Good-bye, sweet Dorothy
I am sad. My Dorothy died suddenly Thursday afternoon. She cried out, yelping in pain, making a sound I'd never heard her make before. It could not have taken me more than thirty seconds to run down the stairs to where she had been napping. "Dorothy? What's wrong? Dorothy!" I cried, as though she could answer.
I lay by her side, tears running down my face. I put my arms around her. She had gone quiet. She looked up at me, but her eyes were glazing over.
And then she was gone. She was simply . . . gone.
For fifteen minutes, my husband tried to revive her. "No, oh, no," he kept repeating. "Dorothy, don't do this. Dorothy stay with us . . ."
He pounded on her chest, breathed into her nose, but . . . it was no use. She had gone. We held her, then we held each other . . . and cried.
Her thick fur was warm, and stayed warm a long long time, all the way to the vet's. There, I hugged her and I cried, knowing we would part there, and my husband and I would go home alone. Something had ruptured inside her healthy body and it had taken her away in a matter of heartbeats.
She had been fine all day. Just fine. No hint of what was to come. At least I was at home. At least I was by her side. At least I got to stroke her silky soft ears and murmur to her how much I loved her, and what a great dog she was. I hope she heard me; I fear she did not.
Dorothy was a German Shepherd/Black Lab mix, and an independent soul. She was not terribly old, somewhere between nine and ten. She'd been a rescue dog eight years earlier when we brought home, so very thin and wary. But in time, she came to accept us as her pack.
Dorothy loved rides in the car, trips to the neighborhood park, and chicken. Boy, did she love chicken. I'm happy that her last meal was a few bites of the chicken I had at lunch that day.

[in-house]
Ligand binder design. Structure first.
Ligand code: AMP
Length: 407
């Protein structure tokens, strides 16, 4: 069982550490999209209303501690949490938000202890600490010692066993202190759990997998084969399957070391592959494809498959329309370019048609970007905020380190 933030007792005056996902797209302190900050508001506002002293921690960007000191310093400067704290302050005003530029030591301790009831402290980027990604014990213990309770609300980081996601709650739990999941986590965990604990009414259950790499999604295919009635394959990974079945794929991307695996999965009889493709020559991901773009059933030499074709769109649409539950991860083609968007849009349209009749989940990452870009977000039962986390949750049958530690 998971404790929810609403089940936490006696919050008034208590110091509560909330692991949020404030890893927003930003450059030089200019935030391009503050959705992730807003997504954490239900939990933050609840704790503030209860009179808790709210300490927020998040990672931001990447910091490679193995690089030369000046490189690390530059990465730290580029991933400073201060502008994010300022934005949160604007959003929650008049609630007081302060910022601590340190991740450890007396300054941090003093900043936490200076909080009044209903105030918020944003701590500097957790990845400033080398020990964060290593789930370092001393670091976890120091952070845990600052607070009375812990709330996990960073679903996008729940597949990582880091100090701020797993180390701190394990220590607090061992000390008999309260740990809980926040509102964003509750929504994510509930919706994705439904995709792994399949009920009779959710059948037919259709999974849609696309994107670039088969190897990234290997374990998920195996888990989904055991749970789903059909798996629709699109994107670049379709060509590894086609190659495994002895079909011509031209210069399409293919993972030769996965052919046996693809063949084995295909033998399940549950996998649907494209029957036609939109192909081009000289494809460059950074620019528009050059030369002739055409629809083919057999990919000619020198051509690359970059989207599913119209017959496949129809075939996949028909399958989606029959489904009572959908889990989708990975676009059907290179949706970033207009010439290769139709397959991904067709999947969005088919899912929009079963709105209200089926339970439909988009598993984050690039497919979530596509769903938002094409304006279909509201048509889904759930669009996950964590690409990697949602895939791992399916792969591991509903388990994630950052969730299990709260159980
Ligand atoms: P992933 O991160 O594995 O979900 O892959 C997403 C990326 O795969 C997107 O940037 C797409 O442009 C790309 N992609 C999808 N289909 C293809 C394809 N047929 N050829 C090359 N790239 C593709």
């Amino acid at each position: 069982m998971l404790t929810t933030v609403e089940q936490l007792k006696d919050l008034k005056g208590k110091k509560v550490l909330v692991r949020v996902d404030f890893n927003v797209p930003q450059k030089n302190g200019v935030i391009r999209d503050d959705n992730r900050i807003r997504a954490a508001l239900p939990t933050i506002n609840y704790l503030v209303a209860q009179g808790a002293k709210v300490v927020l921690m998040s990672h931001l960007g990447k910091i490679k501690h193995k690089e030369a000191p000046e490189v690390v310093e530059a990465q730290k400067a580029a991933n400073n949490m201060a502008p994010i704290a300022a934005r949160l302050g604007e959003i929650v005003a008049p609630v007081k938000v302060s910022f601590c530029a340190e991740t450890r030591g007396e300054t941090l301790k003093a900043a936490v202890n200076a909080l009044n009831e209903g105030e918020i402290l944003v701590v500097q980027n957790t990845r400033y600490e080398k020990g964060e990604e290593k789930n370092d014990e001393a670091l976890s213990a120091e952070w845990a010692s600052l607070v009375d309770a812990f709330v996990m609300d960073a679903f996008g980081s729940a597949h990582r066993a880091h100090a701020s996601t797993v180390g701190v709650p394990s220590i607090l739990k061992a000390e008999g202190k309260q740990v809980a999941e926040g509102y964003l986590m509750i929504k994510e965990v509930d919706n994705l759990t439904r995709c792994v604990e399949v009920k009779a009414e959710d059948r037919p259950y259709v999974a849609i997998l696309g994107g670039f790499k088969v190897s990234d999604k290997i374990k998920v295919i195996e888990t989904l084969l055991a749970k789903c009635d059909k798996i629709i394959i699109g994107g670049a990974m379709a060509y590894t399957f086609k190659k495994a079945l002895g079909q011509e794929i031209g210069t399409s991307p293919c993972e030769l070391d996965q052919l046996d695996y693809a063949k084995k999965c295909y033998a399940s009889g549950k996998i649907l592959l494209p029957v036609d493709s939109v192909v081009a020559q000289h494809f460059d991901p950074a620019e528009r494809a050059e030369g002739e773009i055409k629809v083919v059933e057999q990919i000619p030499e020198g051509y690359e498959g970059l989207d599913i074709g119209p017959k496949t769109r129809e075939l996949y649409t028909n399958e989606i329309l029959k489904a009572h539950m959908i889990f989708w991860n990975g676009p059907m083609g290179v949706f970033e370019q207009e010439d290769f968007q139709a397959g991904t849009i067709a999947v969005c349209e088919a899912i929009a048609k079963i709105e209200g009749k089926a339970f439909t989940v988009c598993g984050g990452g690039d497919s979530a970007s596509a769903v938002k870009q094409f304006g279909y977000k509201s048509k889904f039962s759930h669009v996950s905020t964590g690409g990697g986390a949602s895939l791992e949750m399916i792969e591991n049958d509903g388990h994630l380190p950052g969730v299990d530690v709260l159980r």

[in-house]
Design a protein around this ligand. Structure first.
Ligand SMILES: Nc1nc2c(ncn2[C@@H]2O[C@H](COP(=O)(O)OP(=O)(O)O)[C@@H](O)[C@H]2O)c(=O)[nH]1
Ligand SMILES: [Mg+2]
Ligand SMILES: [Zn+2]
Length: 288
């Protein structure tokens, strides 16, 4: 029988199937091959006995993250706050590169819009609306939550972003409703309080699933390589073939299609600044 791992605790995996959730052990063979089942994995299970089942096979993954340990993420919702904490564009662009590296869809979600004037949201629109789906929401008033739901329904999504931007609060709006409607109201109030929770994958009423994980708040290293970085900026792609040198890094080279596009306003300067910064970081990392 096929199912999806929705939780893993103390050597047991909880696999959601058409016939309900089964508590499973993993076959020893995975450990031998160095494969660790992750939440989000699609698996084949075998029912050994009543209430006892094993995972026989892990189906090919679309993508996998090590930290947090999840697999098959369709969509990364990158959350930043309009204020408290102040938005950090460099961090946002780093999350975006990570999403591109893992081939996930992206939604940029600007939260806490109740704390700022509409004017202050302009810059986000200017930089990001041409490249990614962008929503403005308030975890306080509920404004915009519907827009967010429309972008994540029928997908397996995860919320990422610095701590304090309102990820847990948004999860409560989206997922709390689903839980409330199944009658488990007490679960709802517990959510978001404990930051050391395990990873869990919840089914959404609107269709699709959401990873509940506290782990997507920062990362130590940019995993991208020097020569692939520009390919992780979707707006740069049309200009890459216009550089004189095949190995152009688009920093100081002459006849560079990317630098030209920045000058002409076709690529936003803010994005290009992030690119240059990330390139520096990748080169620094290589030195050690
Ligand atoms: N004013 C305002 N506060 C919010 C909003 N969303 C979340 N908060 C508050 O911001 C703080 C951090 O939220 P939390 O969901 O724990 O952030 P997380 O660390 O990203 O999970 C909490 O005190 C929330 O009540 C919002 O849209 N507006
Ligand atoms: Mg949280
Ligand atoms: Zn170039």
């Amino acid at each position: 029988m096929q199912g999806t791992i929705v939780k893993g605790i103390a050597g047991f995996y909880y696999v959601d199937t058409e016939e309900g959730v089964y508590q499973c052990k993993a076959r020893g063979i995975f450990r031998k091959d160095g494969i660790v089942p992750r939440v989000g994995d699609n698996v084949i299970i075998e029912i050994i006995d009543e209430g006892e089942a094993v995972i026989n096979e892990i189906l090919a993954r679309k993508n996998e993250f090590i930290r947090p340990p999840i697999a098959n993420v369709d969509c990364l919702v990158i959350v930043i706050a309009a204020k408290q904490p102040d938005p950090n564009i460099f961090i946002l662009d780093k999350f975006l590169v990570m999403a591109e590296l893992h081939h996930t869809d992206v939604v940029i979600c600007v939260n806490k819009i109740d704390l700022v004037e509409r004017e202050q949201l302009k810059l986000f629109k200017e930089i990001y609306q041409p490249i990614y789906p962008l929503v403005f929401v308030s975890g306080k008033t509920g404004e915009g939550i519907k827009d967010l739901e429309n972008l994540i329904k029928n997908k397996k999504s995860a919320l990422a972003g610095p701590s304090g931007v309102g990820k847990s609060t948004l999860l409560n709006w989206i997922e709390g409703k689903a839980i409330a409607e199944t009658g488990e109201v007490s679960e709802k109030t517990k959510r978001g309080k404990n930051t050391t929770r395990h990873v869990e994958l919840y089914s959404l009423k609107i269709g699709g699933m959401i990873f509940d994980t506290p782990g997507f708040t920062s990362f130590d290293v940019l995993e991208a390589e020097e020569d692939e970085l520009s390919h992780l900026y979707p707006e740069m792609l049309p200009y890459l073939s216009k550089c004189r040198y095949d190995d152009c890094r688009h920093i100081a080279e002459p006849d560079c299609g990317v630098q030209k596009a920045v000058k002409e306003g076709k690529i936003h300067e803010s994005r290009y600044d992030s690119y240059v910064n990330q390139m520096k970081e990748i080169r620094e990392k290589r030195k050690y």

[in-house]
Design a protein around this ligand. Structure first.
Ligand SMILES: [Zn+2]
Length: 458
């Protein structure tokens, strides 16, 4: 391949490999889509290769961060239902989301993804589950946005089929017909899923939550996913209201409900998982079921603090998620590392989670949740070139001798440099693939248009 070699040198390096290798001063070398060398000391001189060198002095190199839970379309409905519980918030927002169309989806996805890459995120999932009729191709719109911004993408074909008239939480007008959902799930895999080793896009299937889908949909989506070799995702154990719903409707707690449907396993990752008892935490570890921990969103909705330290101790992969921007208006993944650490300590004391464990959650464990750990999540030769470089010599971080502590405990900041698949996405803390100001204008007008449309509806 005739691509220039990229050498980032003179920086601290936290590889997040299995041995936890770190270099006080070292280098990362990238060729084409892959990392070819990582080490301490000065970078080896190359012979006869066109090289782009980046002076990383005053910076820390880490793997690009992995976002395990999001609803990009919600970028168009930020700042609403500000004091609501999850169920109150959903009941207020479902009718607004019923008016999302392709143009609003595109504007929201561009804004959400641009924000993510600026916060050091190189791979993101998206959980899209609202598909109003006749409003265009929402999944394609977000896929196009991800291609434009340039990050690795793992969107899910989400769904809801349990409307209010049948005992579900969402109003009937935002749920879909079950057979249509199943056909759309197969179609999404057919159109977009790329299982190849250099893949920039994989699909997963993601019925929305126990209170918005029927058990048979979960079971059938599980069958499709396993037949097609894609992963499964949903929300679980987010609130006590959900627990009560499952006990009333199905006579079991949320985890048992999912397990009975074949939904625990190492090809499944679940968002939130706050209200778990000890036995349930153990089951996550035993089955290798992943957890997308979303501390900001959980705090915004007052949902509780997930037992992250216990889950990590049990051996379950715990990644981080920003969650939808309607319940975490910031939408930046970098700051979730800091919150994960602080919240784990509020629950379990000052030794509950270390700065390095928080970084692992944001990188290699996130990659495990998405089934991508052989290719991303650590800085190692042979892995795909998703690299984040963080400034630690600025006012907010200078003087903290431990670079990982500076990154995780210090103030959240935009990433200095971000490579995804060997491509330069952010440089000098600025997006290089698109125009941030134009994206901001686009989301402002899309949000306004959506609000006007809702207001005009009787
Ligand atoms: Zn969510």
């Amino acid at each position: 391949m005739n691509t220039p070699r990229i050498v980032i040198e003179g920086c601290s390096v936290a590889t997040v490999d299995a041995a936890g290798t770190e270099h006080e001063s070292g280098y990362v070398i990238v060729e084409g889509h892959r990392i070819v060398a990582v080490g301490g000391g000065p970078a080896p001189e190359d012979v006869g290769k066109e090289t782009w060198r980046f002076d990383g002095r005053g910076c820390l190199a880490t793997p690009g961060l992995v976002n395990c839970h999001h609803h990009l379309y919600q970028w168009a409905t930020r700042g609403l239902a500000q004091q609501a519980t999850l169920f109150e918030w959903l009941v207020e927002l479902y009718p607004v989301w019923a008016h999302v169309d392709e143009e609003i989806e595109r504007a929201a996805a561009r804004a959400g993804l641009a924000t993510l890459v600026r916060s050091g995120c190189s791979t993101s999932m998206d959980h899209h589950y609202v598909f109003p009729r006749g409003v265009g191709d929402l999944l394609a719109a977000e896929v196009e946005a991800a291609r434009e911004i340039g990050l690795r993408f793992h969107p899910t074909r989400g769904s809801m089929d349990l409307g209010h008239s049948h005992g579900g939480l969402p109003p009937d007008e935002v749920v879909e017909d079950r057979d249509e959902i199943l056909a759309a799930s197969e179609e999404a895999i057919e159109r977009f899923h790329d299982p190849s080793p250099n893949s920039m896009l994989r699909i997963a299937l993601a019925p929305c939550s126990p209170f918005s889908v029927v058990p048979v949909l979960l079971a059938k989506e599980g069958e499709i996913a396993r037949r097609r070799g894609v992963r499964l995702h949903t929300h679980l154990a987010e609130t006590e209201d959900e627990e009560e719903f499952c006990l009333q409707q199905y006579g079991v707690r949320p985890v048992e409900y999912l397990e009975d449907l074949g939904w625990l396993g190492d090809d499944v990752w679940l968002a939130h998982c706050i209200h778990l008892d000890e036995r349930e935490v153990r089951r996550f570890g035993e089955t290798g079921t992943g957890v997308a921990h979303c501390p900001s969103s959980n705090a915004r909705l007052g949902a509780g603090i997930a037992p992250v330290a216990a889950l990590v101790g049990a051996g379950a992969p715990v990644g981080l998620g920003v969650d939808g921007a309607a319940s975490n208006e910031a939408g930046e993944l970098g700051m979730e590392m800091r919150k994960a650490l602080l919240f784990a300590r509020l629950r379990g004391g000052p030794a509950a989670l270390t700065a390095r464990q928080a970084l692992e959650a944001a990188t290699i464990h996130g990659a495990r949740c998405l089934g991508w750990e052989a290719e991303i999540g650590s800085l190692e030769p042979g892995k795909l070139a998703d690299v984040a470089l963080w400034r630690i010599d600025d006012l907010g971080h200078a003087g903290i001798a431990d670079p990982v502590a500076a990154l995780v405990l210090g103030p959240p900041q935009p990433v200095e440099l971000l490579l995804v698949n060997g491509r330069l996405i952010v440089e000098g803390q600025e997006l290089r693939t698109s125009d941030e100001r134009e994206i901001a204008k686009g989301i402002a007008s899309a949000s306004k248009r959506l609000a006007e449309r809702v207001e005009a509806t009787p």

Dorothy was special in so many ways. After my ex-husband moved out and my older daughter was off to college, the house was empty - except for my younger daughter and me . . . and Dorothy. Her fur was thick, and I would hug her and listen to her heartbeat and she would sleep on the bed next to me, and I didn't feel so alone. She was a bit matronly, sweet-natured, a canine confidant.
When I remarried four years later, she bonded with my new husband and they became inseparable. She became not just my dog, but "our" dog.
We are going to sprinkle Dorothy's ashes at her very favorite place -the park where she loved to run, roll in the grass, and smell each and every bush. When nobody was around, we would let her off the leash, and I'd yell, "Go, Dorothy, go!" and she'd take off running along the path, her ears flopping, her tongue lolling, her tail sweeping. So happy. So very very happy. Dogs require very few things to be happy, and running up the pathway at the park was one of Dorothy's greatest delights. We knew because of the smile on her face.
I'll have another dog, but there will never be another Dorothy. I will forever picture her curled up sleeping at the bottom of the stairs - where she died. I will forever feel her weight on my feet as I read a book in bed in the evening before bedtime. I will forever sense her presence in my heart.
And when we go to the dog park and walk up along the path where she used to run, and when the autumn breezes rustle the leaves on the trees and bushes she used to pass, I'll envision her there, and whisper softly, "Go, Dorothy, go . . ." and try real hard to smile through my tears.